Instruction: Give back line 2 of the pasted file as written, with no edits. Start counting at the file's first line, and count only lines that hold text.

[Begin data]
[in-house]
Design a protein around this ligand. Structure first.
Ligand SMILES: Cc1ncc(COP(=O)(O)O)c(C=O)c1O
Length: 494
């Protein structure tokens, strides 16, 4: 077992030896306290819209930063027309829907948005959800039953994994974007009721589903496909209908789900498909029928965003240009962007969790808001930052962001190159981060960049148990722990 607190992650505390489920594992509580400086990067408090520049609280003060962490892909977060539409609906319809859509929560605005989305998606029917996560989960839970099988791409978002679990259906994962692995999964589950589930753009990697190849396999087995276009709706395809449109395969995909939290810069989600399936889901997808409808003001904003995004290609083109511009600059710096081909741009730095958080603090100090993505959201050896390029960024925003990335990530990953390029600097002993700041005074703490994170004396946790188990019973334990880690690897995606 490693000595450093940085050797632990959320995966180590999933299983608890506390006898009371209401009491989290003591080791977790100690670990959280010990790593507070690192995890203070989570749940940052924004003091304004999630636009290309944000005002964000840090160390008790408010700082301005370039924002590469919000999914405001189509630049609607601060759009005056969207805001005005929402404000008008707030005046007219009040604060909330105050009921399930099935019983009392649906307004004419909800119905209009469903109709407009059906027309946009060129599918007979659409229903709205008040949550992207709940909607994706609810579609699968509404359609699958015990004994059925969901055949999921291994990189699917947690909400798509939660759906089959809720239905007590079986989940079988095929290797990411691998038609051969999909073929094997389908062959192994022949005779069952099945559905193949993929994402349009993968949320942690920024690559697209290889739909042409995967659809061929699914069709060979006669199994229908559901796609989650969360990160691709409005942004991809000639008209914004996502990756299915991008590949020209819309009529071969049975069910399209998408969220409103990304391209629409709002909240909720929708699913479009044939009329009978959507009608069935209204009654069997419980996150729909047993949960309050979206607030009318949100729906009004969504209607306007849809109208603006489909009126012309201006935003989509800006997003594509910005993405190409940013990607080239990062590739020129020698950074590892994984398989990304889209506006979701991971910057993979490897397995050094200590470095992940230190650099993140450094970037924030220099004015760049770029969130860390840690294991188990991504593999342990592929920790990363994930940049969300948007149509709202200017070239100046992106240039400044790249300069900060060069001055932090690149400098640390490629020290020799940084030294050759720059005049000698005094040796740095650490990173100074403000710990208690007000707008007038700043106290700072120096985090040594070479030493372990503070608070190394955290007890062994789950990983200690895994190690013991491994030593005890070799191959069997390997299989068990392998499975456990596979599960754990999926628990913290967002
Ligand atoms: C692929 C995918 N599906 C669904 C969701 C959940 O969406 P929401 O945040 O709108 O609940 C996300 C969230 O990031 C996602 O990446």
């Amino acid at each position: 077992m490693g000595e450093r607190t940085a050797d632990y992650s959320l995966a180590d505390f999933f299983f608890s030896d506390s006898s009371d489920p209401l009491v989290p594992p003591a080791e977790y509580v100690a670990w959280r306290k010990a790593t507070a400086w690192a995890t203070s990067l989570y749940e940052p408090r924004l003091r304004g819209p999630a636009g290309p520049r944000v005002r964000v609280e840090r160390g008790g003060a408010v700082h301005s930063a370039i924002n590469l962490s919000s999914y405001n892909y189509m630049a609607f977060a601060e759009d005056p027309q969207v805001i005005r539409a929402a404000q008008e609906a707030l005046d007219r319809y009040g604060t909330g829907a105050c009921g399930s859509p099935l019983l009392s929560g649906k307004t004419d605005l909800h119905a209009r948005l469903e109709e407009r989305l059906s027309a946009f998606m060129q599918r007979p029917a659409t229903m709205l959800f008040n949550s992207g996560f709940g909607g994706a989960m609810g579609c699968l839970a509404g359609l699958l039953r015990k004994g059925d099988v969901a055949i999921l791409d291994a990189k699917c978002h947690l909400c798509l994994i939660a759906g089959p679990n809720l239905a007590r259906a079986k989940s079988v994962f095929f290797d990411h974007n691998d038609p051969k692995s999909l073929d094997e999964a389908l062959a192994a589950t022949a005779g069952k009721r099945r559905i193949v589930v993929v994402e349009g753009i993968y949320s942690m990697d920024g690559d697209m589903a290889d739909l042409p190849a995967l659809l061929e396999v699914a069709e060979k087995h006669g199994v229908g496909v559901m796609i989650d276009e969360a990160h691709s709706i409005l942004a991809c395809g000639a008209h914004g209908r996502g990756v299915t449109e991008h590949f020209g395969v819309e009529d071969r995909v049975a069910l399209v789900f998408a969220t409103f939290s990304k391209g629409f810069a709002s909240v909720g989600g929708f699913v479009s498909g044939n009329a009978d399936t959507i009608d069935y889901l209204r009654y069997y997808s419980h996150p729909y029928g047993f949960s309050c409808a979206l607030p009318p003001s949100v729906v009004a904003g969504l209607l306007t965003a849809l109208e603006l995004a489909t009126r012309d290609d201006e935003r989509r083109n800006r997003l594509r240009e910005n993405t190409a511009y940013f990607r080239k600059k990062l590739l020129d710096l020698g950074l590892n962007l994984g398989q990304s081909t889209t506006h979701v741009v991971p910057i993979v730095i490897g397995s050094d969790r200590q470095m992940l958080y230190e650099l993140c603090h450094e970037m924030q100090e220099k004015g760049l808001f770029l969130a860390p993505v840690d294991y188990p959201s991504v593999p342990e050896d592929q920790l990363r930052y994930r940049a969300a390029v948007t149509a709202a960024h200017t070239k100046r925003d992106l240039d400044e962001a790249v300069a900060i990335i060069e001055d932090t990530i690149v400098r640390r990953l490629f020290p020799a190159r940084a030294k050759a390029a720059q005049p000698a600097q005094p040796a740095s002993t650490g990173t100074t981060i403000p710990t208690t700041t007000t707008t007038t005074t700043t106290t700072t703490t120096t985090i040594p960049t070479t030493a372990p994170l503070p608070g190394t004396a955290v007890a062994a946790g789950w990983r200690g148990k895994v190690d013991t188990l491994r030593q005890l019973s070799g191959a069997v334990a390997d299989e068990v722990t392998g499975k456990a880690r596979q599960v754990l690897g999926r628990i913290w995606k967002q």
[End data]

Design a protein around this ligand. Structure first.